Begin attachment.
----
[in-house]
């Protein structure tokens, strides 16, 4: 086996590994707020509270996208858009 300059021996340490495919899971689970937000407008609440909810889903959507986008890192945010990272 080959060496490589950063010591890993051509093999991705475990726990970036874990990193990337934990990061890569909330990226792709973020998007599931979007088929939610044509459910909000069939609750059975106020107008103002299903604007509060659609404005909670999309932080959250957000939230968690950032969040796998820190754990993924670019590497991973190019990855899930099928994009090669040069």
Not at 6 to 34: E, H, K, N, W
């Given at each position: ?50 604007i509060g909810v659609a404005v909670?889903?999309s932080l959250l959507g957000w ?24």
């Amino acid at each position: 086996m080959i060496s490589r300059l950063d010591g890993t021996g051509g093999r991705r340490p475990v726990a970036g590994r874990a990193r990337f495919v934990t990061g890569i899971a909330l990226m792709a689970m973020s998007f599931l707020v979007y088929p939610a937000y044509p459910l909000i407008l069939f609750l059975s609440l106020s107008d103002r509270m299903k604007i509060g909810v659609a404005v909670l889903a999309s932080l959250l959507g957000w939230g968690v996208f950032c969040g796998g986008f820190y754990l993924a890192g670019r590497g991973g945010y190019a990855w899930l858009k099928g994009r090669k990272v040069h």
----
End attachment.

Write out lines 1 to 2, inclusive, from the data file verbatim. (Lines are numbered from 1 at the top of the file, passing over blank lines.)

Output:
[in-house]
């Protein structure tokens, strides 16, 4: 086996590994707020509270996208858009 300059021996340490495919899971689970937000407008609440909810889903959507986008890192945010990272 080959060496490589950063010591890993051509093999991705475990726990970036874990990193990337934990990061890569909330990226792709973020998007599931979007088929939610044509459910909000069939609750059975106020107008103002299903604007509060659609404005909670999309932080959250957000939230968690950032969040796998820190754990993924670019590497991973190019990855899930099928994009090669040069």